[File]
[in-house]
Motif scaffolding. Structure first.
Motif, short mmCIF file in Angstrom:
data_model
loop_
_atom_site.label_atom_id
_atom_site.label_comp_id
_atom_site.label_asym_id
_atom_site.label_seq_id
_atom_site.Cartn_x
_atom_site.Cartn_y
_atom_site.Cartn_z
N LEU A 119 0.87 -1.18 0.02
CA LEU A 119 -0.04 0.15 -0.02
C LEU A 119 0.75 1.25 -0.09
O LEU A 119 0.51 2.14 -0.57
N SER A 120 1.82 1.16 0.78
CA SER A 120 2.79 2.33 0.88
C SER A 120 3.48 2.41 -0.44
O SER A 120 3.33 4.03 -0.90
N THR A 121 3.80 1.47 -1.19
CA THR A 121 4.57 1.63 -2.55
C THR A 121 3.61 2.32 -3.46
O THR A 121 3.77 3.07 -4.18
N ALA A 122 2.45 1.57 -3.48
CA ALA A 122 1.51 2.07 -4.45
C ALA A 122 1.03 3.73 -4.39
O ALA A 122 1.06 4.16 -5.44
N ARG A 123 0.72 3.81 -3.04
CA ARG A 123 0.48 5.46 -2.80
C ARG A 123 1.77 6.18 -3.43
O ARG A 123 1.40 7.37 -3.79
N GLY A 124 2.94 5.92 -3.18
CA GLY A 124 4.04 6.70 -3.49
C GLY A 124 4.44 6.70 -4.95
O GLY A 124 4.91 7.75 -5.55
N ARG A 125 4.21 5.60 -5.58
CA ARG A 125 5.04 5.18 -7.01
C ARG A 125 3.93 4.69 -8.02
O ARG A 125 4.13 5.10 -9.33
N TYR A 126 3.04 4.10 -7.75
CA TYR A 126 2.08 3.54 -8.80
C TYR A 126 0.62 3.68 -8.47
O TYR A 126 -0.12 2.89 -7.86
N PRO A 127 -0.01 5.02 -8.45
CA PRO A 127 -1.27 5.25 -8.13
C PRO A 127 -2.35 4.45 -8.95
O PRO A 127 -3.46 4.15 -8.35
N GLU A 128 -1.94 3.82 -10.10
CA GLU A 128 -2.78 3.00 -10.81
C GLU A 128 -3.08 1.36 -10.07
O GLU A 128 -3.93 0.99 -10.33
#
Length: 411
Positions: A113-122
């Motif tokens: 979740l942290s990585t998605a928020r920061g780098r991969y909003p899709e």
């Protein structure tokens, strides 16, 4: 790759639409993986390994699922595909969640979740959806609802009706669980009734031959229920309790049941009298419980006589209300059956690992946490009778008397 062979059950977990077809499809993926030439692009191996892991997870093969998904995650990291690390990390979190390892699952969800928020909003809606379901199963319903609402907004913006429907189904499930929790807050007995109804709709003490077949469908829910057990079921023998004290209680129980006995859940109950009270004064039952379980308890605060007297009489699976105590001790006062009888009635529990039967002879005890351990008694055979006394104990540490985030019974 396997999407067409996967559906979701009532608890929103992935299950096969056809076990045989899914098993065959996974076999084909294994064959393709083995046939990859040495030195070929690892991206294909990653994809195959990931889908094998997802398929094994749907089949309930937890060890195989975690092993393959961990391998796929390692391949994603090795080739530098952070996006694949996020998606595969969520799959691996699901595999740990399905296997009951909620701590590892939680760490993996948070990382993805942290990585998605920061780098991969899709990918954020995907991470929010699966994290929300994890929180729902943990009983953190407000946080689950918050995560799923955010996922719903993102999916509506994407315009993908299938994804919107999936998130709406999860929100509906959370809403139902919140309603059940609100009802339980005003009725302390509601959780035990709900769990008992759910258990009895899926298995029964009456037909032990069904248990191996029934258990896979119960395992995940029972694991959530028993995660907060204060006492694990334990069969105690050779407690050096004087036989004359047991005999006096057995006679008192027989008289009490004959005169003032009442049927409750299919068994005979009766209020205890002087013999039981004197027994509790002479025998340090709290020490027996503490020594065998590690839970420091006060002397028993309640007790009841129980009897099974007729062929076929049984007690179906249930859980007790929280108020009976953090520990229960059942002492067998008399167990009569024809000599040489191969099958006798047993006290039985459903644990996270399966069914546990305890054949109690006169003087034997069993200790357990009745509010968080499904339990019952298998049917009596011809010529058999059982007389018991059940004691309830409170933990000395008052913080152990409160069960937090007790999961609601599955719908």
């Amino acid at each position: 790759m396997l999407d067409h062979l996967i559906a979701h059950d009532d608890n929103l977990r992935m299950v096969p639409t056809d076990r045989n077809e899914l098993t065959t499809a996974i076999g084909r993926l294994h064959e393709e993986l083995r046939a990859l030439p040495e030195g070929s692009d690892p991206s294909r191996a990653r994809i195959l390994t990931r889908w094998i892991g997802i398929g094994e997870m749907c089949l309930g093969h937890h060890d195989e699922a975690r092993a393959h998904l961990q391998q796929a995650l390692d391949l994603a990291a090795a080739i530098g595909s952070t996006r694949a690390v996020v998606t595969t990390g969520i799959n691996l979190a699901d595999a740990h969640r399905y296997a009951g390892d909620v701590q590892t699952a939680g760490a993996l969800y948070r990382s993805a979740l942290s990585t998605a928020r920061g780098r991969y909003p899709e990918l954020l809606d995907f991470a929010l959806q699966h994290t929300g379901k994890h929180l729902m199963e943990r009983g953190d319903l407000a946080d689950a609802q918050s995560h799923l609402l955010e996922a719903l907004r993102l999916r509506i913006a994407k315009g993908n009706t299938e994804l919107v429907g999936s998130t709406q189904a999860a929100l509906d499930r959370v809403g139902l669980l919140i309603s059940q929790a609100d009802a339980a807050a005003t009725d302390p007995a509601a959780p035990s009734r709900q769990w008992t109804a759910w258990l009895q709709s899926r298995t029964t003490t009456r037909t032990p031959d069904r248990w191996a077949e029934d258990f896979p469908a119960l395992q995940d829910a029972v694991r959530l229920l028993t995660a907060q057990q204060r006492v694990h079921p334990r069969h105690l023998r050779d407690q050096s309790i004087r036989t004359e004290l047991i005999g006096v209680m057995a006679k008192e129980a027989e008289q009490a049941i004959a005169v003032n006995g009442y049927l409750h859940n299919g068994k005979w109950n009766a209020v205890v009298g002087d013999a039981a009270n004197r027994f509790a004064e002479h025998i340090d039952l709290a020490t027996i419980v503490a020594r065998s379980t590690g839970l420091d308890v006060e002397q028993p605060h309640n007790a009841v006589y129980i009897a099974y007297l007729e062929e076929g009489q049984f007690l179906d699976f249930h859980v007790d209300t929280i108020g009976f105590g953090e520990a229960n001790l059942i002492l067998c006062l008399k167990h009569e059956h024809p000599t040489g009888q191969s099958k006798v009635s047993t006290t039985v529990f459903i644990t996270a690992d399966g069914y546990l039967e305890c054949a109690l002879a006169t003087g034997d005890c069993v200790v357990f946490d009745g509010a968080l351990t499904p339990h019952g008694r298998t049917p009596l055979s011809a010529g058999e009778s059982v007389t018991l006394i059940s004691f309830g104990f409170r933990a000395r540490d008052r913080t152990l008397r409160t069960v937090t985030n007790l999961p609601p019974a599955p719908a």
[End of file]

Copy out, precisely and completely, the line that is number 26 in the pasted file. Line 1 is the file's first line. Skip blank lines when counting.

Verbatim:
CA ALA A 122 1.51 2.07 -4.45